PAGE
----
This article pretty much tells it like it is, that Warner will get a chance to show what he has or doesn't have. He's still a relatively unknown quantity at this point and I wish him well. If he does well in Arizona, good for him, if he doesn't, that's the just the way it is. No excuses. He took the Arizona situation and he'll sink or swim knowing what he has to work with.

    It will be a shock if Warner doesn't start the season opener. The NFL certainly thinks so. With the Giants and the Rams slated as the Cards' first two opponents, Warner will have a chance to show all three teams he has played for that he is right, that he is still the same quarterback.
    This certainly has intrigue written all over it. I think it will be a lot of pressure on that hand, his resolve and his ability. If he indeed wins the starting job, he won't get a better set up than this.

    Through a team spokesman, Martz declined to be interviewed for this story.
    Good move by Martz and an indication of his growth and maturity as well as his desire to concentrate on football and not distractions.

  4. #4
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    Re: Warner article--sure to drum up a debate. Interesting read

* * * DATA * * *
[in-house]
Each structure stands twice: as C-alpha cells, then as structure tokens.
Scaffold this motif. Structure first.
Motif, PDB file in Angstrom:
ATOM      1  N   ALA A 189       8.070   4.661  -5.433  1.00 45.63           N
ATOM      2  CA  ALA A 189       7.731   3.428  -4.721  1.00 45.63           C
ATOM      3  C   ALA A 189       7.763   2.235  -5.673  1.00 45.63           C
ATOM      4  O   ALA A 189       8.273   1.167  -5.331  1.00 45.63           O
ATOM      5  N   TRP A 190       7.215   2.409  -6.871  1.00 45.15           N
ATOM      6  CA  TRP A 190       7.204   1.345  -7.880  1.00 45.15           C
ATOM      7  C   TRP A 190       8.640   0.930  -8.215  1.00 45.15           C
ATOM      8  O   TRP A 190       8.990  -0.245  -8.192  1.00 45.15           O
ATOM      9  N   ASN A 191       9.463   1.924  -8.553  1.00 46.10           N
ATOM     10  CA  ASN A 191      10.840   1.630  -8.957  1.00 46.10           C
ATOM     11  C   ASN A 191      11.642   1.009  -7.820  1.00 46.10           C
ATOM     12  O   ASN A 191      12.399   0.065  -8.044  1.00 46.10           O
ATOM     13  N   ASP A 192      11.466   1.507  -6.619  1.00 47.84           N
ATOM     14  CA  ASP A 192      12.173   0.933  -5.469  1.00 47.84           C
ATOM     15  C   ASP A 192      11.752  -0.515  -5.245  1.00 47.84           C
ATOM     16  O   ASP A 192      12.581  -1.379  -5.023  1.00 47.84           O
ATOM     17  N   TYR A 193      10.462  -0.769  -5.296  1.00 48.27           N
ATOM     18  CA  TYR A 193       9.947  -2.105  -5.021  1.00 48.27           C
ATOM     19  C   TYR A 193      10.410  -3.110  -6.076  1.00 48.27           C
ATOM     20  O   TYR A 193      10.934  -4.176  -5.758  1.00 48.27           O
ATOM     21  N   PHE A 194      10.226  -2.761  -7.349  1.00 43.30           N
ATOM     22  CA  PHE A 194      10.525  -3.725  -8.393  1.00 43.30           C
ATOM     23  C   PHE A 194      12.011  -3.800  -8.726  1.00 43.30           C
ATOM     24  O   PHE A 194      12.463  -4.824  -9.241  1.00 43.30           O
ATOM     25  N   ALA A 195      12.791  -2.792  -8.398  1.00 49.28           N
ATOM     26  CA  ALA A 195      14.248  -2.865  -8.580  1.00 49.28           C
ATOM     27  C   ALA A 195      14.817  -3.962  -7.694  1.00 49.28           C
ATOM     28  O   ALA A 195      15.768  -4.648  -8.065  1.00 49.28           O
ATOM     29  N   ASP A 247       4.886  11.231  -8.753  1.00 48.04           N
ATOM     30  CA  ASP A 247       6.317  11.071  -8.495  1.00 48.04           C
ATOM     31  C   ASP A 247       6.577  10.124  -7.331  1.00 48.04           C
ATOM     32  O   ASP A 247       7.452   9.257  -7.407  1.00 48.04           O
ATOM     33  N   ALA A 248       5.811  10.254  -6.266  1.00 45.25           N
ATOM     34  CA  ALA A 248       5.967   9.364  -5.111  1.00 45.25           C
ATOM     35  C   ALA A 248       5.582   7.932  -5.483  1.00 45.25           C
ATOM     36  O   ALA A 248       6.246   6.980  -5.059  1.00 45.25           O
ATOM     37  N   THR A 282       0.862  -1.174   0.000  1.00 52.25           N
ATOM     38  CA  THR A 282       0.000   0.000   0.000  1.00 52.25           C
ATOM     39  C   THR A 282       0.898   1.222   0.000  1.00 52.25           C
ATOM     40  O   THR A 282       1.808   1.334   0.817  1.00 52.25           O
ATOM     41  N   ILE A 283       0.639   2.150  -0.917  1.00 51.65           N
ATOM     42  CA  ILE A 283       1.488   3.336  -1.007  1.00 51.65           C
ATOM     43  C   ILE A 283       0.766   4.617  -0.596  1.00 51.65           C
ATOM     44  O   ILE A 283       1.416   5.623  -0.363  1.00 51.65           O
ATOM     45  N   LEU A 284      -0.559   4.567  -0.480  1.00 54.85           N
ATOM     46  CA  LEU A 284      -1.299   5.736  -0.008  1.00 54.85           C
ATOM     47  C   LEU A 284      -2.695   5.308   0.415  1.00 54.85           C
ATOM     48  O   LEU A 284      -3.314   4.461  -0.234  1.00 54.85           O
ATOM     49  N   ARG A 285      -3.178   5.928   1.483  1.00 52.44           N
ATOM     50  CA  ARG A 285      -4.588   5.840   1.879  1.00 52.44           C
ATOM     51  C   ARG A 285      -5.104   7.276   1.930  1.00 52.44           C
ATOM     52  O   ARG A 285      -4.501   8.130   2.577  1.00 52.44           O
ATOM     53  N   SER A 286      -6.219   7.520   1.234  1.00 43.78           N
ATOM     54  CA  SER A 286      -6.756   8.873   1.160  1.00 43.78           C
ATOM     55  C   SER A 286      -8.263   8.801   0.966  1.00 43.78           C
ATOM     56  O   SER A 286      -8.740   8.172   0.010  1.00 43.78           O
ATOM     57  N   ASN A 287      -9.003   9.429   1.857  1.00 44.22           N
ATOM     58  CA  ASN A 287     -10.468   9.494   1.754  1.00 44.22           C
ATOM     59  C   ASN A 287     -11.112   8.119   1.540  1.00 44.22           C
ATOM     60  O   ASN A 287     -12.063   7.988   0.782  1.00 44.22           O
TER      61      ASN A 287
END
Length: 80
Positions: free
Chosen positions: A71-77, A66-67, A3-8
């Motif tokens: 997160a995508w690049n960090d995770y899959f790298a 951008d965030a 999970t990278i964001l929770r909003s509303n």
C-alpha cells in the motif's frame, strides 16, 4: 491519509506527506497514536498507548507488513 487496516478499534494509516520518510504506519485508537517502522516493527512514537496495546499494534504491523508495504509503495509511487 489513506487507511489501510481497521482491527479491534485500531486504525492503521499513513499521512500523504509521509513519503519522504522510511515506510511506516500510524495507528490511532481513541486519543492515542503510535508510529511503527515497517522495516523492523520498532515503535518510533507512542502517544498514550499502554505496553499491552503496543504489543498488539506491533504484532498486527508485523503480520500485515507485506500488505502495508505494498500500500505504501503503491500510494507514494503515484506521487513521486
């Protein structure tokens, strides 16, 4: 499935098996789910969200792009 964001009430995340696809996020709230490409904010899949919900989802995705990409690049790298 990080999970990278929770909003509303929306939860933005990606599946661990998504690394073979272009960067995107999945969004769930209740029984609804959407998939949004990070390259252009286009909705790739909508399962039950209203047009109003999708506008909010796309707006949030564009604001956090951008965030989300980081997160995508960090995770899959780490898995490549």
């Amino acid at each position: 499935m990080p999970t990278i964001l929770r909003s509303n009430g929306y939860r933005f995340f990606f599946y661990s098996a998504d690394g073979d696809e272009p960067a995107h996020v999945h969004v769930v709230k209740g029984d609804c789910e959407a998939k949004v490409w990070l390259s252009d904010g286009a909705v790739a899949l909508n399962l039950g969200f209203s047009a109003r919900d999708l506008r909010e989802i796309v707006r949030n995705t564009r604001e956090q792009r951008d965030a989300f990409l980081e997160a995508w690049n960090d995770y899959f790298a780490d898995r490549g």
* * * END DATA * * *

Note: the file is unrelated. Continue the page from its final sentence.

I hope Warner doesn't come back and bite

  5. #5
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    Re: Warner article--sure to drum up a debate. Interesting read

    It's a no-win situation for Warner. There will be a large contingency (some of which are in the media) that will call Warner a failure unless he repeats his '99-'01 performance....and that WILL NOT happen. Not a slam on Warner, just a commentary on how rare the '99-'01 situation was. It was the right personnel playing the right scheme at the right time. If his rating cracks 90 and the birds win at least 8, I'd say he had as successful a season as any could hope for. But of course some will call him a failure for it, and I'm guessing some would call him a failure regardless of his performance.
    "Before the gates of excellence the high gods have placed sweat; long is the road thereto and rough and steep at first; but when the heights are reached, then there is ease, though grievously hard in the winning." --- Hesiod